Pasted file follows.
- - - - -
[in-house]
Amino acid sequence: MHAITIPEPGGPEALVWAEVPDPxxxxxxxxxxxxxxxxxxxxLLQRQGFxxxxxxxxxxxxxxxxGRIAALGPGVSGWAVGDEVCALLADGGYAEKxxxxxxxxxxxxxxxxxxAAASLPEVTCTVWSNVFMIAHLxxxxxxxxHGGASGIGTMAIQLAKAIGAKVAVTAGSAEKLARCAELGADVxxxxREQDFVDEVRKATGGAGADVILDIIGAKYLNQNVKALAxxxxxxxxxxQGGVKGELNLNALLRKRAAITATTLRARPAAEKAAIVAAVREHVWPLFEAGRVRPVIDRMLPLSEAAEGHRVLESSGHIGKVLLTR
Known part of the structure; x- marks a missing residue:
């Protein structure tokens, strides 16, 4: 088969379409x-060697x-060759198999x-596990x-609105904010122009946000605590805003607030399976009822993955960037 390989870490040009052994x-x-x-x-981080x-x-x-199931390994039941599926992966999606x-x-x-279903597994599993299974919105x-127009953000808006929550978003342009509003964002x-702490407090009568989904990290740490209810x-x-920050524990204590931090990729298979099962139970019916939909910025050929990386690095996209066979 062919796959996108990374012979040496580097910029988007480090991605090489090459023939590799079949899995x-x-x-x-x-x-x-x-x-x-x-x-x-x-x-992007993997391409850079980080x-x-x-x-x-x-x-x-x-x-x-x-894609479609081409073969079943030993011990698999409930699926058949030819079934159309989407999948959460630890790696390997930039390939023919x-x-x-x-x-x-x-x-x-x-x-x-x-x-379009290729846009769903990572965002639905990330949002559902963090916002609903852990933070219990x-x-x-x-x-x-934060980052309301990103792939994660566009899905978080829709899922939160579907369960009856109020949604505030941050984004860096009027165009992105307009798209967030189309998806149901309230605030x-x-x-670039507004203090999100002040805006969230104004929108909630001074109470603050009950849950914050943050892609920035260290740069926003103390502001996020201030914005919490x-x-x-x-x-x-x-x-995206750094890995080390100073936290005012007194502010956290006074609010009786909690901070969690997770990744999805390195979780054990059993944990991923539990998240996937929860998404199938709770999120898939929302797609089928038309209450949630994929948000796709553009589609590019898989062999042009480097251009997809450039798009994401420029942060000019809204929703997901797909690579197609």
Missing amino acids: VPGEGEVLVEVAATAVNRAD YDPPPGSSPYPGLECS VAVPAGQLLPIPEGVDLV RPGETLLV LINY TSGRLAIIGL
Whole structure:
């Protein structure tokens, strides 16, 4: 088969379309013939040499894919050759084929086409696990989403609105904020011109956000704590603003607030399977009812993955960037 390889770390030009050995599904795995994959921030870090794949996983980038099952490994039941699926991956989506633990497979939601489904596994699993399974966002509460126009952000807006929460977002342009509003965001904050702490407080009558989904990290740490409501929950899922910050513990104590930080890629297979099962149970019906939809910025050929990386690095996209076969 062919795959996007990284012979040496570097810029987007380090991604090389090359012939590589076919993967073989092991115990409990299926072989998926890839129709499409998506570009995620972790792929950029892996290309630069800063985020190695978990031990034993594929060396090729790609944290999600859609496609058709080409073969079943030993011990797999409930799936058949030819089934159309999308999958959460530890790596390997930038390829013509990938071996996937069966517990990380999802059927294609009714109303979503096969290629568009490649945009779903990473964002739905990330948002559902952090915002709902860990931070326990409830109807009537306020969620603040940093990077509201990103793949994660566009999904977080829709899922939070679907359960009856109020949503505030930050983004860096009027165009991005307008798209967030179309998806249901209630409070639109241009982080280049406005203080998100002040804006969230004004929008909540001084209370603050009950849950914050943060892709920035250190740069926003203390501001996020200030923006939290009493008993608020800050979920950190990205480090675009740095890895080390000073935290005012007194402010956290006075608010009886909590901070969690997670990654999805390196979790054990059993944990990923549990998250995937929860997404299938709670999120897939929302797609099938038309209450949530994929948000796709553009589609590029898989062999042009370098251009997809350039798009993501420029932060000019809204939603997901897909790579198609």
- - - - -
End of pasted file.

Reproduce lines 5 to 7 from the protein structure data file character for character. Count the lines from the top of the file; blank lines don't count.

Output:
Missing amino acids: VPGEGEVLVEVAATAVNRAD YDPPPGSSPYPGLECS VAVPAGQLLPIPEGVDLV RPGETLLV LINY TSGRLAIIGL
Whole structure:
């Protein structure tokens, strides 16, 4: 088969379309013939040499894919050759084929086409696990989403609105904020011109956000704590603003607030399977009812993955960037 390889770390030009050995599904795995994959921030870090794949996983980038099952490994039941699926991956989506633990497979939601489904596994699993399974966002509460126009952000807006929460977002342009509003965001904050702490407080009558989904990290740490409501929950899922910050513990104590930080890629297979099962149970019906939809910025050929990386690095996209076969 062919795959996007990284012979040496570097810029987007380090991604090389090359012939590589076919993967073989092991115990409990299926072989998926890839129709499409998506570009995620972790792929950029892996290309630069800063985020190695978990031990034993594929060396090729790609944290999600859609496609058709080409073969079943030993011990797999409930799936058949030819089934159309999308999958959460530890790596390997930038390829013509990938071996996937069966517990990380999802059927294609009714109303979503096969290629568009490649945009779903990473964002739905990330948002559902952090915002709902860990931070326990409830109807009537306020969620603040940093990077509201990103793949994660566009999904977080829709899922939070679907359960009856109020949503505030930050983004860096009027165009991005307008798209967030179309998806249901209630409070639109241009982080280049406005203080998100002040804006969230004004929008909540001084209370603050009950849950914050943060892709920035250190740069926003203390501001996020200030923006939290009493008993608020800050979920950190990205480090675009740095890895080390000073935290005012007194402010956290006075608010009886909590901070969690997670990654999805390196979790054990059993944990990923549990998250995937929860997404299938709670999120897939929302797609099938038309209450949530994929948000796709553009589609590029898989062999042009370098251009997809350039798009993501420029932060000019809204939603997901897909790579198609």